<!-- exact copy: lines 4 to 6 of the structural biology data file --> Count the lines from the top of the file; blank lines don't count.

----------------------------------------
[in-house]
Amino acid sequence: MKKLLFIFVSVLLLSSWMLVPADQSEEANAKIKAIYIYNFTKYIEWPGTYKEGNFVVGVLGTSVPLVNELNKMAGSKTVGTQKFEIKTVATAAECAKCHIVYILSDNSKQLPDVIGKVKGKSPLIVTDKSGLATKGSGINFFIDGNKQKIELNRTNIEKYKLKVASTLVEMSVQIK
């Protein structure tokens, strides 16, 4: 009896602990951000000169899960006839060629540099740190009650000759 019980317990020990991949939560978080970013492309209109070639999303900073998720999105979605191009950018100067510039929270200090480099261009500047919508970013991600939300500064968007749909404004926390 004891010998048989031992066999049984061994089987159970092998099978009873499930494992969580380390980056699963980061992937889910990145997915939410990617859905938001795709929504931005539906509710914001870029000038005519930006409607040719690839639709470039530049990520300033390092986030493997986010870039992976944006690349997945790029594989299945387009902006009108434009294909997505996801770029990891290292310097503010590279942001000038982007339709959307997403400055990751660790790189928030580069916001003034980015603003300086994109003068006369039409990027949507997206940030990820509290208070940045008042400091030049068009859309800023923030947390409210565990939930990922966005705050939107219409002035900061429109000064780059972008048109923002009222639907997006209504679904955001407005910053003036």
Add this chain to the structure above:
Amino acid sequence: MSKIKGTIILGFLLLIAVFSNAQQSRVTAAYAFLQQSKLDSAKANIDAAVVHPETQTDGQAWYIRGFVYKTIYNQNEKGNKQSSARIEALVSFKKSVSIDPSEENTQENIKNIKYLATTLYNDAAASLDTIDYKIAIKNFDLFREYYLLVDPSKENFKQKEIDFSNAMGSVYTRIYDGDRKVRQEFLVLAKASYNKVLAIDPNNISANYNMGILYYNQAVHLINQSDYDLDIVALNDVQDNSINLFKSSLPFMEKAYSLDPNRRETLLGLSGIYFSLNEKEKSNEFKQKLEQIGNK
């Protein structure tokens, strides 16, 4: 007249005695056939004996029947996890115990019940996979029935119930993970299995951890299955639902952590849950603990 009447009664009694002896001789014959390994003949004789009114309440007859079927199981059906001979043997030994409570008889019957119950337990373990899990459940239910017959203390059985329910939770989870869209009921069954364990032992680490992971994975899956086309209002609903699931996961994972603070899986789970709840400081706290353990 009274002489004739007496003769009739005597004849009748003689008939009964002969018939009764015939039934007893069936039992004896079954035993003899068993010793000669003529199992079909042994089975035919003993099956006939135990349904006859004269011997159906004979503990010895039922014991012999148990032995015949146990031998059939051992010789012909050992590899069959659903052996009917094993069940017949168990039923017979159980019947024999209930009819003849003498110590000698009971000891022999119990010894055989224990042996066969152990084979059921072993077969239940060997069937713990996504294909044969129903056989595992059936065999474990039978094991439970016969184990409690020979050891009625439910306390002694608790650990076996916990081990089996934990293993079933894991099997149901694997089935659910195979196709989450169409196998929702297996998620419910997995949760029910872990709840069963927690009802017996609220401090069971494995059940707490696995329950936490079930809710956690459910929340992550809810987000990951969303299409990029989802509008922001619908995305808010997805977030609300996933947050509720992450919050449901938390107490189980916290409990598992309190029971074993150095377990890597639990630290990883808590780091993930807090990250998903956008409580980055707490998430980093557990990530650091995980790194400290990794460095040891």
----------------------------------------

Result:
Add this chain to the structure above:
Amino acid sequence: MSKIKGTIILGFLLLIAVFSNAQQSRVTAAYAFLQQSKLDSAKANIDAAVVHPETQTDGQAWYIRGFVYKTIYNQNEKGNKQSSARIEALVSFKKSVSIDPSEENTQENIKNIKYLATTLYNDAAASLDTIDYKIAIKNFDLFREYYLLVDPSKENFKQKEIDFSNAMGSVYTRIYDGDRKVRQEFLVLAKASYNKVLAIDPNNISANYNMGILYYNQAVHLINQSDYDLDIVALNDVQDNSINLFKSSLPFMEKAYSLDPNRRETLLGLSGIYFSLNEKEKSNEFKQKLEQIGNK
């Protein structure tokens, strides 16, 4: 007249005695056939004996029947996890115990019940996979029935119930993970299995951890299955639902952590849950603990 009447009664009694002896001789014959390994003949004789009114309440007859079927199981059906001979043997030994409570008889019957119950337990373990899990459940239910017959203390059985329910939770989870869209009921069954364990032992680490992971994975899956086309209002609903699931996961994972603070899986789970709840400081706290353990 009274002489004739007496003769009739005597004849009748003689008939009964002969018939009764015939039934007893069936039992004896079954035993003899068993010793000669003529199992079909042994089975035919003993099956006939135990349904006859004269011997159906004979503990010895039922014991012999148990032995015949146990031998059939051992010789012909050992590899069959659903052996009917094993069940017949168990039923017979159980019947024999209930009819003849003498110590000698009971000891022999119990010894055989224990042996066969152990084979059921072993077969239940060997069937713990996504294909044969129903056989595992059936065999474990039978094991439970016969184990409690020979050891009625439910306390002694608790650990076996916990081990089996934990293993079933894991099997149901694997089935659910195979196709989450169409196998929702297996998620419910997995949760029910872990709840069963927690009802017996609220401090069971494995059940707490696995329950936490079930809710956690459910929340992550809810987000990951969303299409990029989802509008922001619908995305808010997805977030609300996933947050509720992450919050449901938390107490189980916290409990598992309190029971074993150095377990890597639990630290990883808590780091993930807090990250998903956008409580980055707490998430980093557990990530650091995980790194400290990794460095040891």